The majority of the firm's R&D is done in Canada. The Biomedical Research Center at the University of British Columbia and Canadian National Research Council facilities in Ottawa and Montreal undertake a large portion of the firm's basic research. The Vice President of Business Development emphasized that a reduced risk of losing proprietary information to a competitor is an important advantage of out-sourcing research to public institutions rather than private firms. These Canadian institutions, as well as a large compliment of technical firms, offer high quality and excellent value for the research dollars spent. Executives believe that R&D costs would be three times higher if this research was conducted in the U.S. These remarkable savings occur because Canadian labs offer services at a lower price than their U.S. counterparts and because of the tax incentives and matching funds available to Canadian firms undertaking R&D. For one project, Firm A's research dollars were matched, almost one to one, by the Canadian government.

    Out-sourcing has also saved Firm A considerable time. The firm faces strong competition and is racing to market with both of its lead drugs. The V.P. of Business Development noted that: "Time to market is everything, it is probably more important than cost". He went on to explain that they had out-sourced the development of a certain carrier protein. It took 90 days and cost $35,000. The specialized equipment needed would have cost five to six million and it would have taken about 18 months to develop the protein in-house. This kind of time delay could be disastrous for the firm. In addition, the specialized facilities and staff would just sit until they were needed again. The firm's out-sourcing strategy allows them to undertake numerous projects simultaneously. Various projects are coordinated by the executive staff and the firm is in the process of hiring more scientists to oversee research done outside of the firm. Executives at Firm A estimate that, since formation, the firm has saved about 10 million dollars by out-sourcing R&D activities, primarily to Canadian firms and research institutions.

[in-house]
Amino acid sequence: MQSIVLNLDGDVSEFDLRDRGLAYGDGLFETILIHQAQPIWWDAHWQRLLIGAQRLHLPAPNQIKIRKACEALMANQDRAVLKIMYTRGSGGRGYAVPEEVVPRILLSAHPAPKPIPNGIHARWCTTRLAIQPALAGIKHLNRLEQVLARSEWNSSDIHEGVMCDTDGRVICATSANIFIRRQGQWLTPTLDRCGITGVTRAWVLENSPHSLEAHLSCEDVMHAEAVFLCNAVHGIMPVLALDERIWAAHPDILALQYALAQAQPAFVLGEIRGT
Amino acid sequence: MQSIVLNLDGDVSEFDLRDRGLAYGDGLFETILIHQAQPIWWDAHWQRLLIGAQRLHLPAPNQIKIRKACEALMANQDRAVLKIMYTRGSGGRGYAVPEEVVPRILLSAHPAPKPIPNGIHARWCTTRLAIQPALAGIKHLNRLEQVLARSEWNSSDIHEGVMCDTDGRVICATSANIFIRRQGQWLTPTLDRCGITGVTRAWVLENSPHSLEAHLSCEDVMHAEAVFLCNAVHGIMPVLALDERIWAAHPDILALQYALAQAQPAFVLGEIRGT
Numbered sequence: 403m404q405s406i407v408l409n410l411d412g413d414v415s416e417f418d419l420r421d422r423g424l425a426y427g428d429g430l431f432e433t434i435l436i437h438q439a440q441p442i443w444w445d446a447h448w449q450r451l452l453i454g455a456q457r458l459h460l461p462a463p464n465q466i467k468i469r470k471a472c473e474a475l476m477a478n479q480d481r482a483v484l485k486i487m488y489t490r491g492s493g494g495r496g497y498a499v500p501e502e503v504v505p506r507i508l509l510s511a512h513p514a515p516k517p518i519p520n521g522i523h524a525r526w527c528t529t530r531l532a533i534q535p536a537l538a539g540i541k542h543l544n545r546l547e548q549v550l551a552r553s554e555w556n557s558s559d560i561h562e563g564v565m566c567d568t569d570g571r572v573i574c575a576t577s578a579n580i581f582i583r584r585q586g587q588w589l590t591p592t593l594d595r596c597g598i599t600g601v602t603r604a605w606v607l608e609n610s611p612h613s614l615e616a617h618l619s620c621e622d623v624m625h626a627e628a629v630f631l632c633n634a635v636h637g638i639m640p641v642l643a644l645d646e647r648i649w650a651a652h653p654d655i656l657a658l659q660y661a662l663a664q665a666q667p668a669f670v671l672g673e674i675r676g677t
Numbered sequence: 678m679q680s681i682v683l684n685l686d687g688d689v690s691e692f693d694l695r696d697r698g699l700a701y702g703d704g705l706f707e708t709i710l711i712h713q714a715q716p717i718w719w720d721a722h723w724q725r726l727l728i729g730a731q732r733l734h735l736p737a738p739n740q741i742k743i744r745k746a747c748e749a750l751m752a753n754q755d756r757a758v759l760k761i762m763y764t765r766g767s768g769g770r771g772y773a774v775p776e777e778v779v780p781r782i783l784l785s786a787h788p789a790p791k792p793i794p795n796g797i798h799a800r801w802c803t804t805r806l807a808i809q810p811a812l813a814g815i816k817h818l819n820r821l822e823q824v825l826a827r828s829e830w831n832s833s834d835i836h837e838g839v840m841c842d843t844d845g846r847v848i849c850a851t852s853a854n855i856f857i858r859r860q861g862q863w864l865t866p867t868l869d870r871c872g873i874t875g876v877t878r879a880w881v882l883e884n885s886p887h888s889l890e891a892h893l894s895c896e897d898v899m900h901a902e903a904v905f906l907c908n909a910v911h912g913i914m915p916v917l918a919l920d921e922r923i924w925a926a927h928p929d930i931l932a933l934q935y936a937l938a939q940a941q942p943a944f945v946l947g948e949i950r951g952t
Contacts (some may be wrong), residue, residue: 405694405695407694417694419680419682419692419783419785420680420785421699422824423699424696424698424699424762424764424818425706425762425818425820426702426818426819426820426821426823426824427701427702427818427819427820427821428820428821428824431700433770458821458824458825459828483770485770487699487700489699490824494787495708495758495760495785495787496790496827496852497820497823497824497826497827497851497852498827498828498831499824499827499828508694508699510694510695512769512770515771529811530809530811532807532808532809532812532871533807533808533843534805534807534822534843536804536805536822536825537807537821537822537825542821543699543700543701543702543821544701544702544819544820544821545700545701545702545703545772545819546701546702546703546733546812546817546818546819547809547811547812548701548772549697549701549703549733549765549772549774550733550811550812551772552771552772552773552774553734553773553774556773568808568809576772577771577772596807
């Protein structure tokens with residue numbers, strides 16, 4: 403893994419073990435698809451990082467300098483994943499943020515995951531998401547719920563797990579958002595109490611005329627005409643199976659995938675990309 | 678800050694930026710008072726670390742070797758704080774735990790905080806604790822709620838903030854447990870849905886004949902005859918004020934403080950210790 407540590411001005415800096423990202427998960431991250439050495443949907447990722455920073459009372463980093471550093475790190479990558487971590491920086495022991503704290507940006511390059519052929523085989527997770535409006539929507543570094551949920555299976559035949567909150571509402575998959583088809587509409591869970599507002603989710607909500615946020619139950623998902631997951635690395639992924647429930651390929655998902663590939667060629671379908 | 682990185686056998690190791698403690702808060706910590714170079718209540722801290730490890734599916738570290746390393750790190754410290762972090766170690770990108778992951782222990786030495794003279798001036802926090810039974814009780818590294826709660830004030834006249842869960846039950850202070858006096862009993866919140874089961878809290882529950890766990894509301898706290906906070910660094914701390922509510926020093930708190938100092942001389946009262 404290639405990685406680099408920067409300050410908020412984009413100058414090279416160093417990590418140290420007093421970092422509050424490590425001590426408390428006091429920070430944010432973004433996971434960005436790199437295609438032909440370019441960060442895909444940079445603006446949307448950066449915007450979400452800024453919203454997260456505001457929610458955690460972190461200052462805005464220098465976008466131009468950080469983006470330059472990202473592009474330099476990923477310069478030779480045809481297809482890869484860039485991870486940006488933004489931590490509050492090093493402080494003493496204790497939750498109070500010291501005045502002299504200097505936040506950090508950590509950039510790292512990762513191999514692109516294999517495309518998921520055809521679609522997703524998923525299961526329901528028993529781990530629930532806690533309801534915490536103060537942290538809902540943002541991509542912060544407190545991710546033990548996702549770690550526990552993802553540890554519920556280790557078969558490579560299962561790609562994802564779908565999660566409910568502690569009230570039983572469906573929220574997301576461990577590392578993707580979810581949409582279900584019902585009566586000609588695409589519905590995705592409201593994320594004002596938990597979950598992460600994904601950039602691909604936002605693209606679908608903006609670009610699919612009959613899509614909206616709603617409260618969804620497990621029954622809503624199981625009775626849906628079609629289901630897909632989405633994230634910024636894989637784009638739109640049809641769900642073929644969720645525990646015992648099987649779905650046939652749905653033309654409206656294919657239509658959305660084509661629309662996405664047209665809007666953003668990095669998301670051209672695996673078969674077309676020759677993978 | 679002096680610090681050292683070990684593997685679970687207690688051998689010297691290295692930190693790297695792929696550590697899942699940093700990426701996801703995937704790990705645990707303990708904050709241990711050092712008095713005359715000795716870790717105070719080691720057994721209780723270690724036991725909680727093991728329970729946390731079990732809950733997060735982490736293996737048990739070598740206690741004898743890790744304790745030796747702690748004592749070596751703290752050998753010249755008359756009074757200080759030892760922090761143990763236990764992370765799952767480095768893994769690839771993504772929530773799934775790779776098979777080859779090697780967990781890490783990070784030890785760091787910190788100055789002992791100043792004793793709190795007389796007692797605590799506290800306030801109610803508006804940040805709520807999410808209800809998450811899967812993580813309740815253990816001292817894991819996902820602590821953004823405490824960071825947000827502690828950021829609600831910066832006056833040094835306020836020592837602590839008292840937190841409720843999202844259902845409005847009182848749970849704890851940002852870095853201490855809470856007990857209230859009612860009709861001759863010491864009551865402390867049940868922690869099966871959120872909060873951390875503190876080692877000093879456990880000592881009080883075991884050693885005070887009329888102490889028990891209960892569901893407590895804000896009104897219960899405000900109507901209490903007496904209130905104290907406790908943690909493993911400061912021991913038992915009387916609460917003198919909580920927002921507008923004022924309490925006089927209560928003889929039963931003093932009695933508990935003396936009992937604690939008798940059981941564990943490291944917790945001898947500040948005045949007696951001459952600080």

Firm B:

    Firm B was founded in 1987. The firm has a research focus and most of its resources have been directed at proving and refining their product. The firm has entered the business development stage of its product development. Firm B's most pressing need is to raise capital to further develop and commercialize their product. Canada's investment climate is attractive because tax credits for investment in R&D intensive firms are available. Firm B first considered becoming a Canadian corporation in order to gain access to capital and take advantage of the more streamlined regulatory process. Initial inquiry suggests that they will be able to get the necessary permits to build a facility in British Columbia in much less time and at a significantly lower cost than in Washington State. In addition to these benefits, executives also anticipate significant cost savings through out-sourcing to Canadian firms and institutions.

    Firm B faces an extensive research agenda. Their product has many potential applications that will require considerable testing. The firm does not anticipate developing internal testing capabilities. The efficacy and toxicity testing that has already been done has been out-sourced. Out-sourcing provides an independent assay, and allows the firm to benefit from association with reputable research institutions. Testing by highly respected individuals or medical research facilities gives Firm B, and its product, credibility. This benefit cannot be realized if activities are undertaken internally. Cost is also an important factor. Most of the R&D needed to commercialize Firm B's product requires laboratory facilities and staff that would be inappropriate for the firm to acquire.